# Can someone clarify freezing point depression and boiling point elevation for me?

## If freezing point is lowered, doesn't that mean that something would freeze more easily? My textbook gives an example of antifreeze, and it says that antifreeze lowers the freezing point. I'm confused. Can someone help? Thanks!

Nov 25, 2015

#### Explanation:

To answer your second question first, no, lowering a substance's freezing point does not mean that said substance will freeze more easily.

It's exactly the opposite.

In order for something to freeze, it must lose heat. The lower the boiling point of a substance, the more heat it must give off in order to freeze.

So when you lower the freezing point of a substance, you're actually increasing the amount of heat that must be given off by that substance in order to go from liquid, to liquid at its freezing point, to solid at its freezing point, to solid.

So, for example, let's say that you have a sample of pure water at room temperature, ${20}^{\circ} \text{C}$, and normal pressure.

The freezing point of pure water is ${0}^{\circ} \text{C}$. Under these conditions, water must lose enough energy to allow it to go from

• liquid at ${25}^{\circ} \text{C}$ to liquid at ${0}^{\circ} \text{C}$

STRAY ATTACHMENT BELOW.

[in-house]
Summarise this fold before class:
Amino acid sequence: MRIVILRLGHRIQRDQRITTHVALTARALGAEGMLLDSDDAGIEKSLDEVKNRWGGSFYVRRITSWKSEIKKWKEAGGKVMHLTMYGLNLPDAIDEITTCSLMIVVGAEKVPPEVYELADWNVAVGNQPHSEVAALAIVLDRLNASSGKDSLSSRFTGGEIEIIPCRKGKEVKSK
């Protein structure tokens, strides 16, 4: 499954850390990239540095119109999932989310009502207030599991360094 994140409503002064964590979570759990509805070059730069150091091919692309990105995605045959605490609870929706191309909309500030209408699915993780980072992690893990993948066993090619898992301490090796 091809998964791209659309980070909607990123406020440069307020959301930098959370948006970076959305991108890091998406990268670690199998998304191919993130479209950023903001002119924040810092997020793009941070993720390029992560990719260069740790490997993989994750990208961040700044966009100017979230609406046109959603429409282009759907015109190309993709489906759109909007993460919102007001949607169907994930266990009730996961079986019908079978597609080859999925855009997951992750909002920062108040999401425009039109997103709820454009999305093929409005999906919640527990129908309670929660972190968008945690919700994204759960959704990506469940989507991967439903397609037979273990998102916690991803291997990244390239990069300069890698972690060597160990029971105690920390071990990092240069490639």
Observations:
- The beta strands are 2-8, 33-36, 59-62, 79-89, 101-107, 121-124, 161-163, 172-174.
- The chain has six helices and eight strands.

• liquid at ${0}^{\circ} \text{C}$ to solid at ${0}^{\circ} \text{C} \to$ undergo a phase change
• solid at ${0}^{\circ} \text{C}$ to solid at whatever final temperature you want

Now let's say that you're using antifreeze on this sample of water. Antifreeze lowers the freezing point of water to, let's say $- {20}^{\circ} \text{C}$.

Now a sample of water + antifreeze at room temperature will need to give off more heat to reach its phase change step

• liquid at ${25}^{\circ} \text{C}$ to liquid at $- {20}^{\circ} \text{C} \to$ extra heat given off because of a bigger temperature interval
• liquid at $- {20}^{\circ} \text{C}$ to solid at $- {20}^{\circ} \text{C} \to$ undergo a phase change
• solid at $- {20}^{\circ} \text{C}$ to solid at whatever final temperature you want

So, looking at it from water's perspective, more heat needs to be taken away from the system (given off) in order to freeze at a lower freezing point than to freeze at the normal freezing point.

The exact same principle applies to boiling-point elevation, only this time it's the amount of heat that must be supplied to a water sample that increases with an increasing boiling point.

Now, to keep this answer from getting too long, I won't go into how what happens at a molecular level influences freezing-point depression and boiling-point elevation.

Check out this great video by Sal from Khan Academy on this issue